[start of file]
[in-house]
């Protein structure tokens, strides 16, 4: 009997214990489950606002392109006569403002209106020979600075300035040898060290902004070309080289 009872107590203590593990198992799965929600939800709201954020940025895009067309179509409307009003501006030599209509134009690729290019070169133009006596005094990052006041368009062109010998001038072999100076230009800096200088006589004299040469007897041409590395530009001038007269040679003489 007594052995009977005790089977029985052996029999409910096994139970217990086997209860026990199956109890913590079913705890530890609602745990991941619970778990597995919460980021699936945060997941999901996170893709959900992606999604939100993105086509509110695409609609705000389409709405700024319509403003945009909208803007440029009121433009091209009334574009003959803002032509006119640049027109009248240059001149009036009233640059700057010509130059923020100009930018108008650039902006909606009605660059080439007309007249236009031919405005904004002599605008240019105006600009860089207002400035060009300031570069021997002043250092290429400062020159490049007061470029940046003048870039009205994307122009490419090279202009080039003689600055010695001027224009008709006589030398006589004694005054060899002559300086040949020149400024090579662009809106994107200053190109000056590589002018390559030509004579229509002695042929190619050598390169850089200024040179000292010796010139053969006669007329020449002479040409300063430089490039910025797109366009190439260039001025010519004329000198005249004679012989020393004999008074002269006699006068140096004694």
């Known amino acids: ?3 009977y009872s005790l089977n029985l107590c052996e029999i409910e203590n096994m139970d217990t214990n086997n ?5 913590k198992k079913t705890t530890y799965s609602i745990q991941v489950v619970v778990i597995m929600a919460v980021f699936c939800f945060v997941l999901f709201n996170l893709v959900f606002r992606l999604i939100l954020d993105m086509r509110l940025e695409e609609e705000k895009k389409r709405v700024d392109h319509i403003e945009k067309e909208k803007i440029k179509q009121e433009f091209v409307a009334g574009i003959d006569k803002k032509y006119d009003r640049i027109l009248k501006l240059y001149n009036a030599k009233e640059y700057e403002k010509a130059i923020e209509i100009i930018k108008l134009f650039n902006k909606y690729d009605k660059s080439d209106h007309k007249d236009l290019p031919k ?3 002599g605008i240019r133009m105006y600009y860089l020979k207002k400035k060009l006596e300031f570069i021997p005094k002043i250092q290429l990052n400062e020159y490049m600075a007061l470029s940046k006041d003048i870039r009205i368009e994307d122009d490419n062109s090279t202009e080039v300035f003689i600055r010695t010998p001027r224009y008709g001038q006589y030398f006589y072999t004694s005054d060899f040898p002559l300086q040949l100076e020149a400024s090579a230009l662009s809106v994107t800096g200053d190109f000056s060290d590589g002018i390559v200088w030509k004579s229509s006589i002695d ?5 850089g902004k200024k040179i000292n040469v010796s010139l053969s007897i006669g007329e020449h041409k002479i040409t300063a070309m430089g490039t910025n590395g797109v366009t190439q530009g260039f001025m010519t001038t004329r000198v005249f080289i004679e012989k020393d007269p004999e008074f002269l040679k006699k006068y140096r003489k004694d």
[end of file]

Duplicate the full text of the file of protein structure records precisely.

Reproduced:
[in-house]
């Protein structure tokens, strides 16, 4: 009997214990489950606002392109006569403002209106020979600075300035040898060290902004070309080289 009872107590203590593990198992799965929600939800709201954020940025895009067309179509409307009003501006030599209509134009690729290019070169133009006596005094990052006041368009062109010998001038072999100076230009800096200088006589004299040469007897041409590395530009001038007269040679003489 007594052995009977005790089977029985052996029999409910096994139970217990086997209860026990199956109890913590079913705890530890609602745990991941619970778990597995919460980021699936945060997941999901996170893709959900992606999604939100993105086509509110695409609609705000389409709405700024319509403003945009909208803007440029009121433009091209009334574009003959803002032509006119640049027109009248240059001149009036009233640059700057010509130059923020100009930018108008650039902006909606009605660059080439007309007249236009031919405005904004002599605008240019105006600009860089207002400035060009300031570069021997002043250092290429400062020159490049007061470029940046003048870039009205994307122009490419090279202009080039003689600055010695001027224009008709006589030398006589004694005054060899002559300086040949020149400024090579662009809106994107200053190109000056590589002018390559030509004579229509002695042929190619050598390169850089200024040179000292010796010139053969006669007329020449002479040409300063430089490039910025797109366009190439260039001025010519004329000198005249004679012989020393004999008074002269006699006068140096004694």
């Known amino acids: ?3 009977y009872s005790l089977n029985l107590c052996e029999i409910e203590n096994m139970d217990t214990n086997n ?5 913590k198992k079913t705890t530890y799965s609602i745990q991941v489950v619970v778990i597995m929600a919460v980021f699936c939800f945060v997941l999901f709201n996170l893709v959900f606002r992606l999604i939100l954020d993105m086509r509110l940025e695409e609609e705000k895009k389409r709405v700024d392109h319509i403003e945009k067309e909208k803007i440029k179509q009121e433009f091209v409307a009334g574009i003959d006569k803002k032509y006119d009003r640049i027109l009248k501006l240059y001149n009036a030599k009233e640059y700057e403002k010509a130059i923020e209509i100009i930018k108008l134009f650039n902006k909606y690729d009605k660059s080439d209106h007309k007249d236009l290019p031919k ?3 002599g605008i240019r133009m105006y600009y860089l020979k207002k400035k060009l006596e300031f570069i021997p005094k002043i250092q290429l990052n400062e020159y490049m600075a007061l470029s940046k006041d003048i870039r009205i368009e994307d122009d490419n062109s090279t202009e080039v300035f003689i600055r010695t010998p001027r224009y008709g001038q006589y030398f006589y072999t004694s005054d060899f040898p002559l300086q040949l100076e020149a400024s090579a230009l662009s809106v994107t800096g200053d190109f000056s060290d590589g002018i390559v200088w030509k004579s229509s006589i002695d ?5 850089g902004k200024k040179i000292n040469v010796s010139l053969s007897i006669g007329e020449h041409k002479i040409t300063a070309m430089g490039t910025n590395g797109v366009t190439q530009g260039f001025m010519t001038t004329r000198v005249f080289i004679e012989k020393d007269p004999e008074f002269l040679k006699k006068y140096r003489k004694d």